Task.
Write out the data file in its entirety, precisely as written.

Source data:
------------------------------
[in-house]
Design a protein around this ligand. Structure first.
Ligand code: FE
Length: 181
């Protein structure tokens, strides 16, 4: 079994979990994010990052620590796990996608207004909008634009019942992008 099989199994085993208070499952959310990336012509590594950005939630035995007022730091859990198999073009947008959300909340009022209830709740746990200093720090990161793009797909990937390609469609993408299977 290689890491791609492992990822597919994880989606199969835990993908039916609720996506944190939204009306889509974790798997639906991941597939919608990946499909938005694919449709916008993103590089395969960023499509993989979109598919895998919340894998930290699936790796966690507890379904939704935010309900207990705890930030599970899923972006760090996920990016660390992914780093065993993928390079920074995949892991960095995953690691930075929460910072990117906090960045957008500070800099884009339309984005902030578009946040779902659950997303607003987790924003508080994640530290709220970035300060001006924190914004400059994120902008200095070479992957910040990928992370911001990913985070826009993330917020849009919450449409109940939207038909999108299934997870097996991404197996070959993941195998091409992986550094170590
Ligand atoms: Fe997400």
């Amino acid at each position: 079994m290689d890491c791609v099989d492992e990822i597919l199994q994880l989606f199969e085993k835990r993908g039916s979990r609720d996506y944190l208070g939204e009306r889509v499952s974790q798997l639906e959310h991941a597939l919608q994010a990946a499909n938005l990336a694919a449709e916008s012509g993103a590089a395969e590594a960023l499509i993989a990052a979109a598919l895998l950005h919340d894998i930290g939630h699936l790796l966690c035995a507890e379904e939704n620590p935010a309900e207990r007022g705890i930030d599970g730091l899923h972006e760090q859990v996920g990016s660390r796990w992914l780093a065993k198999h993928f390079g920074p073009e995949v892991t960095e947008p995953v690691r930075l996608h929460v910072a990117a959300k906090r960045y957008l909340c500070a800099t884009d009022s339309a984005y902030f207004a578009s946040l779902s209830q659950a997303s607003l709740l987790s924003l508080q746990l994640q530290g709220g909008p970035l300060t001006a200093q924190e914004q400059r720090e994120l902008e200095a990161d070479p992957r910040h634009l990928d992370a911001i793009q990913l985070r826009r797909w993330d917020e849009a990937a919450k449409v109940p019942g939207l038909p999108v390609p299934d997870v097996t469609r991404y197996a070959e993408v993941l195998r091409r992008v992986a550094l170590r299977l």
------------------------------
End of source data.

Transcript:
[in-house]
Design a protein around this ligand. Structure first.
Ligand code: FE
Length: 181
């Protein structure tokens, strides 16, 4: 079994979990994010990052620590796990996608207004909008634009019942992008 099989199994085993208070499952959310990336012509590594950005939630035995007022730091859990198999073009947008959300909340009022209830709740746990200093720090990161793009797909990937390609469609993408299977 290689890491791609492992990822597919994880989606199969835990993908039916609720996506944190939204009306889509974790798997639906991941597939919608990946499909938005694919449709916008993103590089395969960023499509993989979109598919895998919340894998930290699936790796966690507890379904939704935010309900207990705890930030599970899923972006760090996920990016660390992914780093065993993928390079920074995949892991960095995953690691930075929460910072990117906090960045957008500070800099884009339309984005902030578009946040779902659950997303607003987790924003508080994640530290709220970035300060001006924190914004400059994120902008200095070479992957910040990928992370911001990913985070826009993330917020849009919450449409109940939207038909999108299934997870097996991404197996070959993941195998091409992986550094170590
Ligand atoms: Fe997400």
């Amino acid at each position: 079994m290689d890491c791609v099989d492992e990822i597919l199994q994880l989606f199969e085993k835990r993908g039916s979990r609720d996506y944190l208070g939204e009306r889509v499952s974790q798997l639906e959310h991941a597939l919608q994010a990946a499909n938005l990336a694919a449709e916008s012509g993103a590089a395969e590594a960023l499509i993989a990052a979109a598919l895998l950005h919340d894998i930290g939630h699936l790796l966690c035995a507890e379904e939704n620590p935010a309900e207990r007022g705890i930030d599970g730091l899923h972006e760090q859990v996920g990016s660390r796990w992914l780093a065993k198999h993928f390079g920074p073009e995949v892991t960095e947008p995953v690691r930075l996608h929460v910072a990117a959300k906090r960045y957008l909340c500070a800099t884009d009022s339309a984005y902030f207004a578009s946040l779902s209830q659950a997303s607003l709740l987790s924003l508080q746990l994640q530290g709220g909008p970035l300060t001006a200093q924190e914004q400059r720090e994120l902008e200095a990161d070479p992957r910040h634009l990928d992370a911001i793009q990913l985070r826009r797909w993330d917020e849009a990937a919450k449409v109940p019942g939207l038909p999108v390609p299934d997870v097996t469609r991404y197996a070959e993408v993941l195998r091409r992008v992986a550094l170590r299977l």